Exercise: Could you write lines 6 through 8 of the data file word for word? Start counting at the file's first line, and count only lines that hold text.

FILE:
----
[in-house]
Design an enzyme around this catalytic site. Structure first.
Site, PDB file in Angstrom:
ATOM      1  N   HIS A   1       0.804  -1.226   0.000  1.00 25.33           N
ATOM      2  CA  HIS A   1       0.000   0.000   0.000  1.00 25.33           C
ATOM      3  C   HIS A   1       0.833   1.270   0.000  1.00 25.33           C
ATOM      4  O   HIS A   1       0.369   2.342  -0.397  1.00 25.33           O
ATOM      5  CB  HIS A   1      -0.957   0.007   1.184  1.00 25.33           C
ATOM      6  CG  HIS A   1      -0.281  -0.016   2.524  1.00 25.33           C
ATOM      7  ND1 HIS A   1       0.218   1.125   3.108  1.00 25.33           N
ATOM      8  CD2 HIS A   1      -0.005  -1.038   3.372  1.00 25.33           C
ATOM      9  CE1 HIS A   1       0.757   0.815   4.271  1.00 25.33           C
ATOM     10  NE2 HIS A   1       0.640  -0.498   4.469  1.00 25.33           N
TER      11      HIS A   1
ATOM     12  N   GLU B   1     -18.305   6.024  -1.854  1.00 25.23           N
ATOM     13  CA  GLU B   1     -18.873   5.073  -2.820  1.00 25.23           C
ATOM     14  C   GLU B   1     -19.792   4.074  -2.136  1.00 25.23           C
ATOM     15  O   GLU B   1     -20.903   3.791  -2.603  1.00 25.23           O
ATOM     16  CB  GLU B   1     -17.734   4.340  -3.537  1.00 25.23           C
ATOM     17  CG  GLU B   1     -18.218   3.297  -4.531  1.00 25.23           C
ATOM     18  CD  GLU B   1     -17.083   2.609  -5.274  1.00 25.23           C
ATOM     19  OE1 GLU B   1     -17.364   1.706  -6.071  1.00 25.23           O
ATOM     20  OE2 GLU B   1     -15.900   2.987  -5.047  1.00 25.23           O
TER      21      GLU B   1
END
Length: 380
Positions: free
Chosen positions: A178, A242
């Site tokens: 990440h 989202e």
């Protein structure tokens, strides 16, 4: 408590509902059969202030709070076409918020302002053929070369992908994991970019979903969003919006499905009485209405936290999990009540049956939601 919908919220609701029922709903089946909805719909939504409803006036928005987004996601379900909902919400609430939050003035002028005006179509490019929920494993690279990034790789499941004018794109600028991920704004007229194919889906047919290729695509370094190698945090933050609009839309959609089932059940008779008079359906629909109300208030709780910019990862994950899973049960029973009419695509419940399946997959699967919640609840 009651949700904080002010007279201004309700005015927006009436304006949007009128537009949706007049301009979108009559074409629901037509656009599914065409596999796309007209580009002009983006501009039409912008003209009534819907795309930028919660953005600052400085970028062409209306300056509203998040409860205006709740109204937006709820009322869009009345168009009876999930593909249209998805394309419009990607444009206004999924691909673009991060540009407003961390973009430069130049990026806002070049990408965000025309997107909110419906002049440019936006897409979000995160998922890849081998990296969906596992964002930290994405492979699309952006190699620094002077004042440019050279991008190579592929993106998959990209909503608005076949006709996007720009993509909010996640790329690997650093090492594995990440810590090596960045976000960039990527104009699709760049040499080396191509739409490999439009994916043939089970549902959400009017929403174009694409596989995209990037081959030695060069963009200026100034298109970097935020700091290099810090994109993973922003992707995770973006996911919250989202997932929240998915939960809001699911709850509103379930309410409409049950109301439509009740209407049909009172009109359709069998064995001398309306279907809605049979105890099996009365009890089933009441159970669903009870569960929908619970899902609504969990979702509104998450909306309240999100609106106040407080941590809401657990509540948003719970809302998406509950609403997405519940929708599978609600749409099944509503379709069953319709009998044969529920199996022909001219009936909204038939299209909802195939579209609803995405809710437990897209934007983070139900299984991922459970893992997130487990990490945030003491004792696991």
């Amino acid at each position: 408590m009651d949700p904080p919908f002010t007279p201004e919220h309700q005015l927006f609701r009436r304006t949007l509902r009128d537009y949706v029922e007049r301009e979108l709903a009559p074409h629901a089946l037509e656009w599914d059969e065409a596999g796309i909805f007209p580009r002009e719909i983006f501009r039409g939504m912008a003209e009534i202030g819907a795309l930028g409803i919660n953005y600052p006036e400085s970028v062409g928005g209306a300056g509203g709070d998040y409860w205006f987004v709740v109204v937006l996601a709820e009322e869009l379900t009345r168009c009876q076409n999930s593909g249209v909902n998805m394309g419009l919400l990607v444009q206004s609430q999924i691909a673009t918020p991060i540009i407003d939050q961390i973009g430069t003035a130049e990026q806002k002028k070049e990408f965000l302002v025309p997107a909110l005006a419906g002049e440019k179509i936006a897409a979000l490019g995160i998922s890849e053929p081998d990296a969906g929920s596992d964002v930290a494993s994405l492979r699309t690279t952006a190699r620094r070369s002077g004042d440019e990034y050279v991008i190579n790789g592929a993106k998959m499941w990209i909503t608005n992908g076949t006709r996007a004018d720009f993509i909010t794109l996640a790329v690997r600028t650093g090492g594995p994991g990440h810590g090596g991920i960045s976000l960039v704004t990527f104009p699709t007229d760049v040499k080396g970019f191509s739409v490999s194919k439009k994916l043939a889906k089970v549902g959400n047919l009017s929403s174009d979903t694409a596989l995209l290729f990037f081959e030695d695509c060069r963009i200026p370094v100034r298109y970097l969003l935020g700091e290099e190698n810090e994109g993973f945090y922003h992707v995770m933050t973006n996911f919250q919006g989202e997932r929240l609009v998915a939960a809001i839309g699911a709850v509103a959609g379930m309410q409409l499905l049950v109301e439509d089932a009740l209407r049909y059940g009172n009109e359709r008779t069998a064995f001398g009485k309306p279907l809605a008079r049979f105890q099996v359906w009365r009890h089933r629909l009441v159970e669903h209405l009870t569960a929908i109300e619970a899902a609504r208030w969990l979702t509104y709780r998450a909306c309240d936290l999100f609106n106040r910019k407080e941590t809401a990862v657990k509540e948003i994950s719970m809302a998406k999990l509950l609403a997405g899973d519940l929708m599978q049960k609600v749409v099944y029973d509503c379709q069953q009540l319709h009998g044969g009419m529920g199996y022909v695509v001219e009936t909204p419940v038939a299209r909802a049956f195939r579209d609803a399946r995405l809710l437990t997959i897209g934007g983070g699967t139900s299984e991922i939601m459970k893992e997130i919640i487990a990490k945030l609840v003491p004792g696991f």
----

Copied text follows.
ATOM      3  C   HIS A   1       0.833   1.270   0.000  1.00 25.33           C
ATOM      4  O   HIS A   1       0.369   2.342  -0.397  1.00 25.33           O
ATOM      5  CB  HIS A   1      -0.957   0.007   1.184  1.00 25.33           C